Featured Research

from universities, journals, and other organizations

Yucca Mountain Is High And Dry, Say USGS Scientists

Date:
June 2, 1999
Source:
United States Geological Survey
Summary:
The slow growth rates of calcite and opal minerals that coat fractures and cavities in Yucca Mountain attest to the hydrological stability of that Nevada mountain for the past several million years, according to three U.S. Geological Survey scientists.

The slow growth rates of calcite and opal minerals that coat fractures and cavities in Yucca Mountain attest to the hydrological stability of that Nevada mountain for the past several million years, according to three U.S. Geological Survey scientists. They presented their views today (June 2) at the spring meeting of American Geophysical Union in Boston.

Related Articles


"There is no evidence at Yucca Mountain, based on the distribution of calcite and opal, that water has ever flooded the potential repository area," said James Paces, a USGS scientist from Denver, Colo. Paces described cavities in the volcanic mountain's interior as being relatively free of deposits of calcite and opal, and where they are found these deposits are restricted mostly to the lower surfaces. "If water had filled the cavities, minerals would have been deposited on the walls and ceilings as well," Paces said. "Instead, our data indicate that the minerals formed from thin films of water flowing downward into open spaces."

The long-term hydrologic stability of Yucca Mountain, 100 miles northwest of Las Vegas, Nev., is an important factor in evaluating it as a potential site for storing nuclear waste. The mountain is comprised of a thick accumulation of 11-to 13-million-year-old volcanic rocks, 1600 to 2300 feet of which are above the present-day water table.

Because the USGS scientists know how much water is necessary for calcite and opal deposits to form over a given period of time, they were able to determine how much or how little water had seeped through the mountain by measuring the deposits of these two minerals. "In an exploratory tunnel 650 to 950 feet below the land surface and 950 feet above the water table, calcite and opal were found in less than 10 percent of the fractures and cavities," Paces said.


Story Source:

The above story is based on materials provided by United States Geological Survey. Note: Materials may be edited for content and length.


Cite This Page:

United States Geological Survey. "Yucca Mountain Is High And Dry, Say USGS Scientists." ScienceDaily. ScienceDaily, 2 June 1999. <www.sciencedaily.com/releases/1999/06/990602071448.htm>.
United States Geological Survey. (1999, June 2). Yucca Mountain Is High And Dry, Say USGS Scientists. ScienceDaily. Retrieved December 22, 2014 from www.sciencedaily.com/releases/1999/06/990602071448.htm
United States Geological Survey. "Yucca Mountain Is High And Dry, Say USGS Scientists." ScienceDaily. www.sciencedaily.com/releases/1999/06/990602071448.htm (accessed December 22, 2014).

Share This


More From ScienceDaily



More Earth & Climate News

Monday, December 22, 2014

Featured Research

from universities, journals, and other organizations


Featured Videos

from AP, Reuters, AFP, and other news services

Raw: Lava Inches Closer to Highway

Raw: Lava Inches Closer to Highway

AP (Dec. 21, 2014) — Officials have opened a new road on Hawaii's Big Island for drivers to take care of their daily needs if encroaching lava from Kilauea Volcano crosses a highway and cuts them off from the rest of the island. (Dec. 20) Video provided by AP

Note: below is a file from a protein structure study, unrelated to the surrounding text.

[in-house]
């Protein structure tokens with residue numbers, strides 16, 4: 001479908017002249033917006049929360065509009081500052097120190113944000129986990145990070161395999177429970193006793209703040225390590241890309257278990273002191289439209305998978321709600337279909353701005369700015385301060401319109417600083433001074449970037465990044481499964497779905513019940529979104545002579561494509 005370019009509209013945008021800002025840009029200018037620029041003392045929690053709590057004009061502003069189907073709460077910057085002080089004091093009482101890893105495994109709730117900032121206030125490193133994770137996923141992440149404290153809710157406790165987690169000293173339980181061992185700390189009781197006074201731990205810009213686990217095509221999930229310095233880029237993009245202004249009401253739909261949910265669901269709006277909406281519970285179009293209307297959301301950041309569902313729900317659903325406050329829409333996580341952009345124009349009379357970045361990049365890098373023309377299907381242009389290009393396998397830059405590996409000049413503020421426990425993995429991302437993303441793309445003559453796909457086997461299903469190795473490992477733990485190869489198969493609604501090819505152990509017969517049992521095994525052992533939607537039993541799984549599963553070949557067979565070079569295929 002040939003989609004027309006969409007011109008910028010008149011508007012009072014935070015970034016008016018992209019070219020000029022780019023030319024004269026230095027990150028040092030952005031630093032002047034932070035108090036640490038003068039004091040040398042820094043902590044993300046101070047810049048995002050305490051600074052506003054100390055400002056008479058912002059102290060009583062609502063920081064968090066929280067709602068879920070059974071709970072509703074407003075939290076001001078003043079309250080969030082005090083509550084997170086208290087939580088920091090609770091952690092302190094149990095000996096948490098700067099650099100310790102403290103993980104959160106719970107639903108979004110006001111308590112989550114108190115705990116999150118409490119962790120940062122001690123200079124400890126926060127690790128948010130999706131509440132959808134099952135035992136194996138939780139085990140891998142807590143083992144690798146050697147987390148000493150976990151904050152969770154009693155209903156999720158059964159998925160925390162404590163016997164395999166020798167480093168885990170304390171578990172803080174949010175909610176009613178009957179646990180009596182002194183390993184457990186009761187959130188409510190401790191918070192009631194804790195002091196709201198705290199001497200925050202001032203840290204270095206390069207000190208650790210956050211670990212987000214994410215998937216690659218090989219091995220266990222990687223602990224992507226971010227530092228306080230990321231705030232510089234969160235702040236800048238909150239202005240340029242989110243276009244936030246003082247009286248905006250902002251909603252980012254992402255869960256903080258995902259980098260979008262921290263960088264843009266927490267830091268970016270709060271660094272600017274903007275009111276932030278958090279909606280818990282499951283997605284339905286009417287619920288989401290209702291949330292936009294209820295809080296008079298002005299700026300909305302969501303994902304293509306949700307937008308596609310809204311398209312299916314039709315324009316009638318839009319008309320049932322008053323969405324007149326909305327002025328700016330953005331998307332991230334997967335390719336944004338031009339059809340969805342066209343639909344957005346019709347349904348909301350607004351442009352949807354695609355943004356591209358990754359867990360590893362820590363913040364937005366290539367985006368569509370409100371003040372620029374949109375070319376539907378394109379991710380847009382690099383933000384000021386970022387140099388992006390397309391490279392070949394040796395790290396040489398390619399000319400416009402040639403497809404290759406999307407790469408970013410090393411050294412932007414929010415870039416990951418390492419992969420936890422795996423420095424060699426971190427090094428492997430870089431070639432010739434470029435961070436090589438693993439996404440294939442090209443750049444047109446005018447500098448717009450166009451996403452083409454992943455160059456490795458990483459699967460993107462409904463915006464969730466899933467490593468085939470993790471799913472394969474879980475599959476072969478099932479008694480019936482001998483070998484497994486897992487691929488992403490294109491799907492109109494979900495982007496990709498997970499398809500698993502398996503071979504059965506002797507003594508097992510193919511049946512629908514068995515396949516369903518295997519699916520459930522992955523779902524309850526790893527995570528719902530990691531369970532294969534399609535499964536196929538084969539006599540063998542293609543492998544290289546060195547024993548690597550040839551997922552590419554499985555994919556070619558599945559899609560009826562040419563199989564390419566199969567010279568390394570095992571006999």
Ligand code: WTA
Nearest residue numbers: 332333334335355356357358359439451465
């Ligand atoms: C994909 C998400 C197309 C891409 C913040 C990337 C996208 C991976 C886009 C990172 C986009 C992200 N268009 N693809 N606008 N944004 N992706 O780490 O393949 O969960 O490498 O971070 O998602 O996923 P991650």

Powered by NewsLook.com
Raw: Scuba Diving Santa Off Florida Keys

Raw: Scuba Diving Santa Off Florida Keys

AP (Dec. 20, 2014) — A scuba diving Santa Claus explored the waters of the Florida Keys National Marine Sanctuary. Dive shop owner Spencer Slate makes the dive each year to help raise money for charity. (Dec. 20) Video provided by AP
Powered by NewsLook.com
Obama: Better Ways to Create Jobs Than Keystone Pipeline

Obama: Better Ways to Create Jobs Than Keystone Pipeline

AFP (Dec. 19, 2014) — US President Barack Obama says that construction of the Keystone pipeline would have 'very little impact' on US gas prices and believes there are 'more direct ways' to create construction jobs. Duration: 00:47 Video provided by AFP
Powered by NewsLook.com
Raw: Lava on Track to Hit Hawaii Market

Raw: Lava on Track to Hit Hawaii Market

AP (Dec. 19, 2014) — Lava from an active volcano on Hawaii's Big Island slowed slightly but stayed on track to hit a shopping center in the small town of Pahoa. (Dec. 19) Video provided by AP
Powered by NewsLook.com

Search ScienceDaily

Number of stories in archives: 140,361

Find with keyword(s):
 
Enter a keyword or phrase to search ScienceDaily for related topics and research stories.

Save/Print:
Share:  

Breaking News:

Strange & Offbeat Stories

 

Plants & Animals

Earth & Climate

Fossils & Ruins

In Other News

... from NewsDaily.com

Science News

Health News

Environment News

Technology News



Save/Print:
Share:  

Free Subscriptions


Get the latest science news with ScienceDaily's free email newsletters, updated daily and weekly. Or view hourly updated newsfeeds in your RSS reader:

Get Social & Mobile


Keep up to date with the latest news from ScienceDaily via social networks and mobile apps:

Have Feedback?


Tell us what you think of ScienceDaily -- we welcome both positive and negative comments. Have any problems using the site? Questions?
Mobile iPhone Android Web
Follow Facebook Twitter Google+
Subscribe RSS Feeds Email Newsletters
Latest Headlines Health & Medicine Mind & Brain Space & Time Matter & Energy Computers & Math Plants & Animals Earth & Climate Fossils & Ruins